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Austin Cline

Inside the Saudi Criminal Justice System

By August 12, 2003

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It would be a very bad idea to be arrested in Saudi Arabia. Granted, it's probably not a good idea to be arrested anywhere, but at least in many places you have basic rights that protect you. In Saudi Arabia, however, you would be fortunate to even know the charges against you before you are pressured to "confess."

Brian Whitaker writes in the Guardian:

"Imagine you are arrested and locked up, but you are not told why," one report by Amnesty International begins. "You are not allowed to make a telephone call or contact anyone outside the prison ... the only way to stop them is to sign a confession, which you eventually do. Then you are convicted on the basis of that "confession" after a summary trial that is held in secret. You have no access to a lawyer and you are not offered the opportunity to defend yourself."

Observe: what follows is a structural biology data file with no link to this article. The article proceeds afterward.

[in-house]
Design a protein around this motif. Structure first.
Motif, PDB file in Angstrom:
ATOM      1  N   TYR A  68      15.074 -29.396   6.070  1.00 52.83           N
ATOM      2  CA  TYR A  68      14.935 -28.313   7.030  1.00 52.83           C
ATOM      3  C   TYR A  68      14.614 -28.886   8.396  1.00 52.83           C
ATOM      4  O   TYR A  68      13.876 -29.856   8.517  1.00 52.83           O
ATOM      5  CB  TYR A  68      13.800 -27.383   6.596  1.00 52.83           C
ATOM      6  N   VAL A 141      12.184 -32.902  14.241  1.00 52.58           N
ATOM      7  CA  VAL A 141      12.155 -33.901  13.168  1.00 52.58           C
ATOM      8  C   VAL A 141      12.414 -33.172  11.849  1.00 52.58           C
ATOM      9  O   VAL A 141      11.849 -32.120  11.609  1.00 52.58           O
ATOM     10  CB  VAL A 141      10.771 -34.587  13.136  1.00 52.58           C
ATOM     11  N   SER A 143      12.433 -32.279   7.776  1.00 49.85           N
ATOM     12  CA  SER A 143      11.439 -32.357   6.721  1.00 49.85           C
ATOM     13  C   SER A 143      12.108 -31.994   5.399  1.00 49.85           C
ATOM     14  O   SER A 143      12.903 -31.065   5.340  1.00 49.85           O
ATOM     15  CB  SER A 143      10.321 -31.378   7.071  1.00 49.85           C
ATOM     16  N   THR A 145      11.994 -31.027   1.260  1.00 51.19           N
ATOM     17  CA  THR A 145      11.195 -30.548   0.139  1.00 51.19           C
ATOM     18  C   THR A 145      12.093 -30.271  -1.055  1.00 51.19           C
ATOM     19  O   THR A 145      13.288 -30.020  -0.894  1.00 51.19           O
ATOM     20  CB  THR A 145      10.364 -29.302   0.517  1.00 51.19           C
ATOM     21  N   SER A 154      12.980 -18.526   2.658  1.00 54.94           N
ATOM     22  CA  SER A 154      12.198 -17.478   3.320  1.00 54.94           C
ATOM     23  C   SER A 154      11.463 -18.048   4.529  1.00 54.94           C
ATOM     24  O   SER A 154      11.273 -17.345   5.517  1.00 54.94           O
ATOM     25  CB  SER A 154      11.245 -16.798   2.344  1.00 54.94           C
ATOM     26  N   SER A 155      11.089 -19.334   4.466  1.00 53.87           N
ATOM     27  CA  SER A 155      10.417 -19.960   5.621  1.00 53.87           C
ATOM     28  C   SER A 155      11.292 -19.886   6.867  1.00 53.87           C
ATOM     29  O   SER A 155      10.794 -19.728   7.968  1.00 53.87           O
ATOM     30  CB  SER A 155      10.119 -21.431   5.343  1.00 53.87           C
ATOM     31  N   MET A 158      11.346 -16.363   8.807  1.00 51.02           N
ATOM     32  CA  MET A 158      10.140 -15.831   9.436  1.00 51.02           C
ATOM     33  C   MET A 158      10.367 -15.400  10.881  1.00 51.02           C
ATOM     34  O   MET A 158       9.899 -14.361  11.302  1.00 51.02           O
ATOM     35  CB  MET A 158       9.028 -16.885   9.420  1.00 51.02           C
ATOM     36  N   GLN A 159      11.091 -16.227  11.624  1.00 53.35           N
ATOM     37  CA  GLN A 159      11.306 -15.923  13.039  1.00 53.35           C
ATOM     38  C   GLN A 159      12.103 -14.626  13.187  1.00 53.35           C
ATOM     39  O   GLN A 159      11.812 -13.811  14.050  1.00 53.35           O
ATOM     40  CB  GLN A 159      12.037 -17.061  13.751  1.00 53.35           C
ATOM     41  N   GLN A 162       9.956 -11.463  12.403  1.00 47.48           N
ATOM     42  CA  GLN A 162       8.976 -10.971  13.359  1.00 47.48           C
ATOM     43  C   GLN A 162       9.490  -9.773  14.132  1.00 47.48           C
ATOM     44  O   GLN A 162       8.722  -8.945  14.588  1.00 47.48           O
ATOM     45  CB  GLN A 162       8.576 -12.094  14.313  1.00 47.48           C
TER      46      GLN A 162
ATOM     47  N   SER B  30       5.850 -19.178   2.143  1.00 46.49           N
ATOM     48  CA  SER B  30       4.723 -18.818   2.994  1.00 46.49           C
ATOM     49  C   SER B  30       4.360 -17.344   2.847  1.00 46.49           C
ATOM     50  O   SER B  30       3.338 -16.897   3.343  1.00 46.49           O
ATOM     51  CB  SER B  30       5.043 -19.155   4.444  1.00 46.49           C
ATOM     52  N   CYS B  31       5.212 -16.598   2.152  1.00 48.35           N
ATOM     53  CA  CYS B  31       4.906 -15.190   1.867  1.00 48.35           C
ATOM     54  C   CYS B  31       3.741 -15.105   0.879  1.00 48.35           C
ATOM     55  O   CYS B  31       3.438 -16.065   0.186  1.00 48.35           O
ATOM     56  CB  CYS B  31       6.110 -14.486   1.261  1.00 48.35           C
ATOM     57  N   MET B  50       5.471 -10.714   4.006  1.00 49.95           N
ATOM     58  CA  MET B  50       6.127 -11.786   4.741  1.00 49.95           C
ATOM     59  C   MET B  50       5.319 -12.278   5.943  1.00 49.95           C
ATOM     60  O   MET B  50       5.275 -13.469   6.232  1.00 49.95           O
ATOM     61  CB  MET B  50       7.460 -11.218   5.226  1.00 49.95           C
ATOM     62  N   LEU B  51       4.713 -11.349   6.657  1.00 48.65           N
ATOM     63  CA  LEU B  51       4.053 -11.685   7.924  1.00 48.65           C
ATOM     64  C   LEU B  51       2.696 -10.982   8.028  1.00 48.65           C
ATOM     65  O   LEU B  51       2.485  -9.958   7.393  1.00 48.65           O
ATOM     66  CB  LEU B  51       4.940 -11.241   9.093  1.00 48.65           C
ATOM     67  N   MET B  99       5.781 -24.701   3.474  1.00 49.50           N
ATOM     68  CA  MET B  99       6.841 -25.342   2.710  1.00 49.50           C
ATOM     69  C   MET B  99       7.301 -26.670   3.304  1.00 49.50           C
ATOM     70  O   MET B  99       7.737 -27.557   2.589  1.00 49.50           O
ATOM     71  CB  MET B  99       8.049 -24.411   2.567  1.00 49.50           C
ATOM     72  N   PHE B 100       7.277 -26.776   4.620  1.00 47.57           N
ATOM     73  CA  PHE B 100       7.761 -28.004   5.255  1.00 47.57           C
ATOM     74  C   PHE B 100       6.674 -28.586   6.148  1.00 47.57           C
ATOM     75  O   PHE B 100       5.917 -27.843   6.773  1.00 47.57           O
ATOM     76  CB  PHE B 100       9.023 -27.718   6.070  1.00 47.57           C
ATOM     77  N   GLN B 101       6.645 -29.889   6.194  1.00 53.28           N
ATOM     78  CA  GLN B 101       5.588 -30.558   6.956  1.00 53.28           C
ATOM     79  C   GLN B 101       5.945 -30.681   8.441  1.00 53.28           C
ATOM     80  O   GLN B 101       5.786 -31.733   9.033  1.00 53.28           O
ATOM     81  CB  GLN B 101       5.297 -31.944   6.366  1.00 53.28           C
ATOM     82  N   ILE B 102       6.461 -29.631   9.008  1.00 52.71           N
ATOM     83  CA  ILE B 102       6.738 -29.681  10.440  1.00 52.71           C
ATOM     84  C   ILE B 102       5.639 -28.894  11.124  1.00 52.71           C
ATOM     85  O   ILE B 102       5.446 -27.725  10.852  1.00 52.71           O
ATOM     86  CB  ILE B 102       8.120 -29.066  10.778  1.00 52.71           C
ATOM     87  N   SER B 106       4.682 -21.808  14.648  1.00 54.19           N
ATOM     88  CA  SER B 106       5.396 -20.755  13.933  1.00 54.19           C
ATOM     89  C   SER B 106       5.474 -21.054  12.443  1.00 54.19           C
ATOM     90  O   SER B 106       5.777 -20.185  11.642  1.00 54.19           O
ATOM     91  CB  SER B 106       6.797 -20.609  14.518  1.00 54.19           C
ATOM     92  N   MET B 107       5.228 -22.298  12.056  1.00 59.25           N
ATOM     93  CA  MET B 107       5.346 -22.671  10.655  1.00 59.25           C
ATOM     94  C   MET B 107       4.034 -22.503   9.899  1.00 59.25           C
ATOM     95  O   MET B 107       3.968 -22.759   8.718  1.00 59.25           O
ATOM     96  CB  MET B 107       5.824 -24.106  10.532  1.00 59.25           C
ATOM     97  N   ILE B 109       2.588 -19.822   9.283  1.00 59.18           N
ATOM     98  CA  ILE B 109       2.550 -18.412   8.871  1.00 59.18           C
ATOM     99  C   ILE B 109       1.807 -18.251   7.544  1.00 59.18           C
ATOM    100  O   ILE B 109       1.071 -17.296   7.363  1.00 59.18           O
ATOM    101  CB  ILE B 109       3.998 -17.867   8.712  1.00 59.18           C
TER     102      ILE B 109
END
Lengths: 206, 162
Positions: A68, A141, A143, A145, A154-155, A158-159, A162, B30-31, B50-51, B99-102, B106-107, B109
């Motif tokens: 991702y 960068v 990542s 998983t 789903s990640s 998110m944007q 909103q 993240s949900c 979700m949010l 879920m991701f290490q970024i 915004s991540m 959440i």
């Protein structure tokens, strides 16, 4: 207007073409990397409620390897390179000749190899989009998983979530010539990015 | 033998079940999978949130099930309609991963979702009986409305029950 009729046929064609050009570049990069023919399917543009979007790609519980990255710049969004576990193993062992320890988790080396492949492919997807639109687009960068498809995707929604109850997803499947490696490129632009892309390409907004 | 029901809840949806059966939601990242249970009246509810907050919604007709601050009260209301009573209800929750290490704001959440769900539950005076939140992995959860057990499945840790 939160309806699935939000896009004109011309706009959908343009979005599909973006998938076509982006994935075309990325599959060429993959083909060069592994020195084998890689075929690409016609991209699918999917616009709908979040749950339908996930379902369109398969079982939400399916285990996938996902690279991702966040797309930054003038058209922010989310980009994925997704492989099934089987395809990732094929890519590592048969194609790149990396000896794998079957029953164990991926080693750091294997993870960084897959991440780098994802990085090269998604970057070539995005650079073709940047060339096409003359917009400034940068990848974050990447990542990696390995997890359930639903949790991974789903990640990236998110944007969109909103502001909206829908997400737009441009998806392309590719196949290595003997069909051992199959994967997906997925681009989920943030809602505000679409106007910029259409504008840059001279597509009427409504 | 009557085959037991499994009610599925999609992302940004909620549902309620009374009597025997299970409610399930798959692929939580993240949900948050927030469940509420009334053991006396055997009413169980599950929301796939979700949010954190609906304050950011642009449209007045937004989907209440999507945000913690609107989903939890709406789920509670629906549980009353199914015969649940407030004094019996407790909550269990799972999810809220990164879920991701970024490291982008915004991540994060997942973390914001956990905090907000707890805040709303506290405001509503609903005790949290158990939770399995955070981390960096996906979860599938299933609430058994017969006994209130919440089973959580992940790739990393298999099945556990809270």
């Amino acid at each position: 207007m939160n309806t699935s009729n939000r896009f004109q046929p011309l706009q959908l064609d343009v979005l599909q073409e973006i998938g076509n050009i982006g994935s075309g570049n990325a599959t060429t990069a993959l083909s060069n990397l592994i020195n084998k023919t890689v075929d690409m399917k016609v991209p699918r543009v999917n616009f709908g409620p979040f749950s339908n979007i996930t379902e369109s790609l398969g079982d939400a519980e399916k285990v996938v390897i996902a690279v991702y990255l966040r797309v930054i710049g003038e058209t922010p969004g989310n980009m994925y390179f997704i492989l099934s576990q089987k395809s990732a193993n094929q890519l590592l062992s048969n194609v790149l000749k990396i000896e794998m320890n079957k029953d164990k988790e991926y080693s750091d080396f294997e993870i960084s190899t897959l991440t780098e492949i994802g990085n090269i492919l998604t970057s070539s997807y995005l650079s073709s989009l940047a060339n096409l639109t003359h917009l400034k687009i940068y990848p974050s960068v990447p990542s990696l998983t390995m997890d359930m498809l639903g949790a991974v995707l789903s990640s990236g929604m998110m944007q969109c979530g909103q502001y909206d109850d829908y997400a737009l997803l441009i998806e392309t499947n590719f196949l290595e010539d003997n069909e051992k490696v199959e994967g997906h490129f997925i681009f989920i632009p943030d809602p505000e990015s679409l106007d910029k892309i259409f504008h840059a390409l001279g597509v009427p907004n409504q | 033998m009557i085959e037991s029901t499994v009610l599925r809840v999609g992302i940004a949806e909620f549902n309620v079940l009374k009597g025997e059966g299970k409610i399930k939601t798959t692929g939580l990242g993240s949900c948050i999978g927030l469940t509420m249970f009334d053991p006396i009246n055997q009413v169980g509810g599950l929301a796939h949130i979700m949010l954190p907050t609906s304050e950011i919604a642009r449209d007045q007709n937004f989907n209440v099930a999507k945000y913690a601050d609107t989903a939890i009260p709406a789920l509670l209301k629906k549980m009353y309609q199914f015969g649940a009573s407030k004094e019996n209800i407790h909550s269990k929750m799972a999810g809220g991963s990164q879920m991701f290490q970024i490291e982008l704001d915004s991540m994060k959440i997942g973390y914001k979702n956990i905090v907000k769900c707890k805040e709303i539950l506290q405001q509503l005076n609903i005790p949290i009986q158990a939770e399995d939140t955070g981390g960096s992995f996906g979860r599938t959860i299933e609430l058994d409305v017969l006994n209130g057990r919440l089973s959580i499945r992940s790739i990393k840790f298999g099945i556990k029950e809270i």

There are indications that the Saudi government is trying to move towards reform, but those indications are largely on paper right now. It will only really count when there is hard evidence of real changes in how the criminal "justice" system there operates. That will, however, probably require some changes in many people's basic religious assumptions - and how easy will that be?

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